You make it up as you go along.

Here’s what I made up:

ingredient uno: scrambled eggs!

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scrambled eggs

ingredient dos: diced scallion mixed into the eggs (along w salt & pepper & a bit of grated cheese)

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scrambled eggs w scallions

ingredient tres: corn tortillas, the smallish 5-6-inch ones, heated in a cast iron pan (I put a teaspoon of oil to start and then don’t add any more oil after that — it makes a little smoke, but cooking will do that) until they get a little golden…brown…or even black in spots.

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heated, browned, oh-so-good tortillas

ingredient cuatro: choose side items, condiments, aromatics, yumful toppings that will pull it all together. I chose: diced fresh grape tomatoes mixed with parsley, a bit of olive oil, & salt…shredded asiago cheese….

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tomatoes & asiago cheese (scallions for the eggs)

…minced pancetta & minced prosciutto sautéed in a little olive oil…

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pancetta & prosciutto

…some fresh baby arugula…

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baby arugula

ingredient cinco: I also made a quick sauce of mayo, lemon juice & horse radish.

To eat: place a tortilla on your plate, pile on some scrambled eggs…

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scrambled eggs

…top with tomatoes, cheese, pancetta-prosciutto, arugula, some sauce…then fold and bite, nibble, and gulp your way to the last bite. Repeat.

The make-it-up-as-you-go part includes flavors that you love; stuff you happen to have in the refrigerator; ingredients you crave so much you’ll travel miles to get them to put in your tortilla, and/or the ones I just suggested (oooh, good ones!).

Brown’s Diner: Where I swing

 

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at the bar at Brown’s

It’s an acquired taste. Brown’s is a Nashville institution. A bar and music joint that used to be a trolley car. Then, fairly new, but still decades ago, they added a large dining room.

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Brown’s Diner’s best beer: Budweiser

It’s a bit dusty. And might be scary if the lights ever came on bright. The bar chairs list to the right and left. Some of them require hanging on.

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Brown’s bar stool

But lived-in and wonder-full is how I see it. The regulars have been coming here for dozens of years. The musicians who play here span Nashville icons and famous favorites, top-notch session players, and everything in between. What kind of music? All and anything.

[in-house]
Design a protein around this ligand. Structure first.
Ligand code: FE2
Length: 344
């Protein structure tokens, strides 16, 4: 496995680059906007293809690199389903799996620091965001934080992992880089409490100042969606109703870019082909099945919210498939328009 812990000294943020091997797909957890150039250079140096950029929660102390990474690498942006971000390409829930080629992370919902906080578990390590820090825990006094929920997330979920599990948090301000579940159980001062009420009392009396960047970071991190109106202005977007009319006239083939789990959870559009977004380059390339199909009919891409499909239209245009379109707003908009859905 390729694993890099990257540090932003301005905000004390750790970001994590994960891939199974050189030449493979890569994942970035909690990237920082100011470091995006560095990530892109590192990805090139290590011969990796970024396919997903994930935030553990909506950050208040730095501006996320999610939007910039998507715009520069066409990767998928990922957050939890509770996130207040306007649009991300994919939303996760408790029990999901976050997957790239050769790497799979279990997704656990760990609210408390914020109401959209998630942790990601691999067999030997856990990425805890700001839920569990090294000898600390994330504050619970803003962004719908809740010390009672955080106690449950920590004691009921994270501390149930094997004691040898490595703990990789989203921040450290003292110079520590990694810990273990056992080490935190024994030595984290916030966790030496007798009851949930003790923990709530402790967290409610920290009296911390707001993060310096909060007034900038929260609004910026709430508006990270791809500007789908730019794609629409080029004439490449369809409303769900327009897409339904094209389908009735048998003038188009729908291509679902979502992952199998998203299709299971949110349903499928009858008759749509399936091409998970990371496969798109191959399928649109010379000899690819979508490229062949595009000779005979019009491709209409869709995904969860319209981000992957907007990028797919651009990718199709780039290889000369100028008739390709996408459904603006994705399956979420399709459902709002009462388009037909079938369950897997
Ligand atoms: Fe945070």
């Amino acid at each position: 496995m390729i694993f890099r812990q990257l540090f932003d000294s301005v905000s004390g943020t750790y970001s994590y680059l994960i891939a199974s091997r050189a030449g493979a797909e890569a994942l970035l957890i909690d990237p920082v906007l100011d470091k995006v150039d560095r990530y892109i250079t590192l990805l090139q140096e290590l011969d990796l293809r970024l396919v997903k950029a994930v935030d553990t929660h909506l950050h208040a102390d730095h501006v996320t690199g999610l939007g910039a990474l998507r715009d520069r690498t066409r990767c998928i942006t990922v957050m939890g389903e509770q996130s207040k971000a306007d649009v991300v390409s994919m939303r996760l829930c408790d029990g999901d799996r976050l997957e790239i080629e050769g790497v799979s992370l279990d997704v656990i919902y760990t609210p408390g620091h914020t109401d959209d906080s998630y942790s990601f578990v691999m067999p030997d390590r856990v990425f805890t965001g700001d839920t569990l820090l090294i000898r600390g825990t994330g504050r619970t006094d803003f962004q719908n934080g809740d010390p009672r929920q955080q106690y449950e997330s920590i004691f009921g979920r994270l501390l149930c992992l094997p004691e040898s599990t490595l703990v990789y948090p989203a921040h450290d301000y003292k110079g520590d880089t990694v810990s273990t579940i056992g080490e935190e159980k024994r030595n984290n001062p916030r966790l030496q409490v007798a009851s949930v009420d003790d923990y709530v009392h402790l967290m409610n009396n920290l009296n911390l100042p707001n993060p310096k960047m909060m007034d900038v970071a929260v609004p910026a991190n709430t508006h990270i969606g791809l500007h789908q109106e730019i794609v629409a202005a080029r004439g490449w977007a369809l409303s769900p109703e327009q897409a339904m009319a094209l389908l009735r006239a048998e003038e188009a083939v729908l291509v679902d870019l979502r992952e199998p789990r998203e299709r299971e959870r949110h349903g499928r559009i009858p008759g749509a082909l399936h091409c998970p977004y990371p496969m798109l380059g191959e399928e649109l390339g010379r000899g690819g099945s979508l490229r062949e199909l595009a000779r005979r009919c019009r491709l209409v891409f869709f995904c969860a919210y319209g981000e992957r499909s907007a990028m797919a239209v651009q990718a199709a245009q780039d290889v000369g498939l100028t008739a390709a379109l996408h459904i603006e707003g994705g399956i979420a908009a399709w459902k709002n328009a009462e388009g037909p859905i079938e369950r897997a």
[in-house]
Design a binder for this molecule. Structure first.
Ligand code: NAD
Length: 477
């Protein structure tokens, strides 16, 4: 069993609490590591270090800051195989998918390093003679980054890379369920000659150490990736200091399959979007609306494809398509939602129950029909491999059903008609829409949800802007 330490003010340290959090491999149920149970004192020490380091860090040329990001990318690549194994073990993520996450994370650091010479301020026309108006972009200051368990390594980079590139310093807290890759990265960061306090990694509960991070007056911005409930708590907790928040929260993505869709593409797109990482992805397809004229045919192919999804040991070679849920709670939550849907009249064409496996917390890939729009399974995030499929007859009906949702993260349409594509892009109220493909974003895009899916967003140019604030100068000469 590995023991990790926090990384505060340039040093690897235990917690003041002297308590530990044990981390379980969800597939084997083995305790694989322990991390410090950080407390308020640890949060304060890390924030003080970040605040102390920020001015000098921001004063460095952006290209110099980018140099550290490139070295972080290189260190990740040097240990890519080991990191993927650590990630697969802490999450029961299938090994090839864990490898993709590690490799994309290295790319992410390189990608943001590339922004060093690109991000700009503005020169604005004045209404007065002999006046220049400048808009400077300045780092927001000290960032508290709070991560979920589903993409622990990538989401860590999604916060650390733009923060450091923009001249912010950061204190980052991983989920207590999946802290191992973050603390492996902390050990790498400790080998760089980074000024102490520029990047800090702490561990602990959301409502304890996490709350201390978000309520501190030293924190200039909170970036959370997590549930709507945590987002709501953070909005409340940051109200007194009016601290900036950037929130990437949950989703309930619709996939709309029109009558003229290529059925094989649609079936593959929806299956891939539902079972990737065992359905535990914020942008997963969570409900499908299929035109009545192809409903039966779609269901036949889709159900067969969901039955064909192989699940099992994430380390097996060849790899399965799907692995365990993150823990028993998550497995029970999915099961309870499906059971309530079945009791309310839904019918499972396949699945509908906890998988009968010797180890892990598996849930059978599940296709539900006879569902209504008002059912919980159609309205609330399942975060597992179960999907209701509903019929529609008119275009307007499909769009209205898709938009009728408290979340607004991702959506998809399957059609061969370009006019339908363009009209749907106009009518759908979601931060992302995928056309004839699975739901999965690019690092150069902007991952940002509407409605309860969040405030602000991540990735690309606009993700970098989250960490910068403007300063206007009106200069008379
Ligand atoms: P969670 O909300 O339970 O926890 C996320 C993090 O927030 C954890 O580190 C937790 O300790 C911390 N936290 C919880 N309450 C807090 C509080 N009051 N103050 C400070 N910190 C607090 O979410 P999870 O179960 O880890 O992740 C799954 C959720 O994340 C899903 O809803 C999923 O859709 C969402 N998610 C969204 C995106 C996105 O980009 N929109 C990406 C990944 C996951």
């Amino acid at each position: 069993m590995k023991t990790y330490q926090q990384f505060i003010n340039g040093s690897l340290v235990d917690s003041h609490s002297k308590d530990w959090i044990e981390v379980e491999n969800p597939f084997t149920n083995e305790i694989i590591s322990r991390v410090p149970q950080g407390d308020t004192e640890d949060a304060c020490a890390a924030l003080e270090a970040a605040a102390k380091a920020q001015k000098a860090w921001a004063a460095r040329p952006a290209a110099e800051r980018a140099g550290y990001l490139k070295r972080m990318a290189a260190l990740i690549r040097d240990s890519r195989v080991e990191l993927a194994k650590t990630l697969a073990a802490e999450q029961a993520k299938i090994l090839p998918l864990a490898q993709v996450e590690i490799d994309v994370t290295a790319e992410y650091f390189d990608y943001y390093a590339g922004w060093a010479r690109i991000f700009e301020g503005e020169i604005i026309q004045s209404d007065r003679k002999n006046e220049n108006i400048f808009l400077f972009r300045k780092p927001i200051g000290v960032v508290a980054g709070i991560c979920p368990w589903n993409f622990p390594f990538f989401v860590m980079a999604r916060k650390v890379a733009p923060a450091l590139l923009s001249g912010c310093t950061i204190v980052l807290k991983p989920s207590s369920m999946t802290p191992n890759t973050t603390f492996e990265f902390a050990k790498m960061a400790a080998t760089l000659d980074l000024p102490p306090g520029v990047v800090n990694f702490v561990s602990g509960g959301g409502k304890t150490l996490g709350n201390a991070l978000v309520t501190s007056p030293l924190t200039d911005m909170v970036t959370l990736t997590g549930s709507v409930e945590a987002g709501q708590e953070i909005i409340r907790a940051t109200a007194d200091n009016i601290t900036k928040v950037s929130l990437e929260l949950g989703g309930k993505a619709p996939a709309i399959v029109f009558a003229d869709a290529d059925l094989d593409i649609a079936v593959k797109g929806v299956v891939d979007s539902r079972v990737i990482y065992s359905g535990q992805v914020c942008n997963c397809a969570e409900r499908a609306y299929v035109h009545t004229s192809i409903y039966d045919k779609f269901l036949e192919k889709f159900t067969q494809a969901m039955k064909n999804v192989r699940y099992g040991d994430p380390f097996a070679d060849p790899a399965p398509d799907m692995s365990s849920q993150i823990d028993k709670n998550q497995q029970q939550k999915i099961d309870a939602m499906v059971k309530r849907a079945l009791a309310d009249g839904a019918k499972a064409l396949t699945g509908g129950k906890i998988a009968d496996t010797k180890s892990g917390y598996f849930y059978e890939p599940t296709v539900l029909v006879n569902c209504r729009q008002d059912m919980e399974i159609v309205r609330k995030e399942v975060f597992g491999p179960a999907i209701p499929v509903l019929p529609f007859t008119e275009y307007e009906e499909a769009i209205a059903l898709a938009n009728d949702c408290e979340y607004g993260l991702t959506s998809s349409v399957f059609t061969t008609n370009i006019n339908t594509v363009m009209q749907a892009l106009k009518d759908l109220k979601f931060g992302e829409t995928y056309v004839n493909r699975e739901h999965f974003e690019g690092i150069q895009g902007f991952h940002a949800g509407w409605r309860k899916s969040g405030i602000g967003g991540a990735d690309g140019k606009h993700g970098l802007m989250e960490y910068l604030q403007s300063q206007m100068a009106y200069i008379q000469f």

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David Olney at Brown’s

My partner, Duane Spencer, and I play every first Sunday. We’re Duette.

Us Browns

Duette at Brown’s

Ron Kimbro is behind the bar. He’s been serving up beers and cheeseburgers for many a year. But the best things he serves are bits of wisdom, snide remarks, jokes, and poker-faced jabs at stupid questions from the other side of the bar.

The small “stage” area, with its ancient PA system, is strewn with old mic stands, half-useful guitar stands, speakers looming & hung lopsided by chains, music stands, and a variety of well-used stools.

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Duette‘s set-up at Brown’s

The window shelf alongside the stage area is a collection of old batteries, ashtrays (altho smoking is not allowed inside), left behind set lists, and indescribably doodads.

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stage window at Brown’s

Christmas lights light the stage. The walls are covered with album covers (Johnny Cash, Bob Dylan, and Frank Sinatra are among them), and the yearly “Brown’s Diner group photo,” where all the regulars squeeze into the frame to make their presence known.

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Brown’s stage

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Duette‘s set-up at Brown’s

Yes. Music. And then there’s the food. Brown’s is known best for its cheeseburgers, rated among the best in town year after year. We love them. Order them with “everything:” onion, lettuce, tomato, mayo, ketchup, and pickle.

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Brown’s cheeseburger

 

My other fave order is their grilled cheese sandwich. They have chili. Soup in the winter. Fries. And beer. Those are the highlights and kinda about it. Beer. No wine. No cocktails. And the beer selection is extremely modest. But it suits the patrons JUST FINE. (Get a pitcher and sit outside, you can still hear the music.)

It’s easy to just drive by the place (@21st & Blair). It looks so unassuming. But step inside and you’ll never be the same. Get bit by the Brown’s bug (not a real insect) and you won’t be able to resist coming back and back.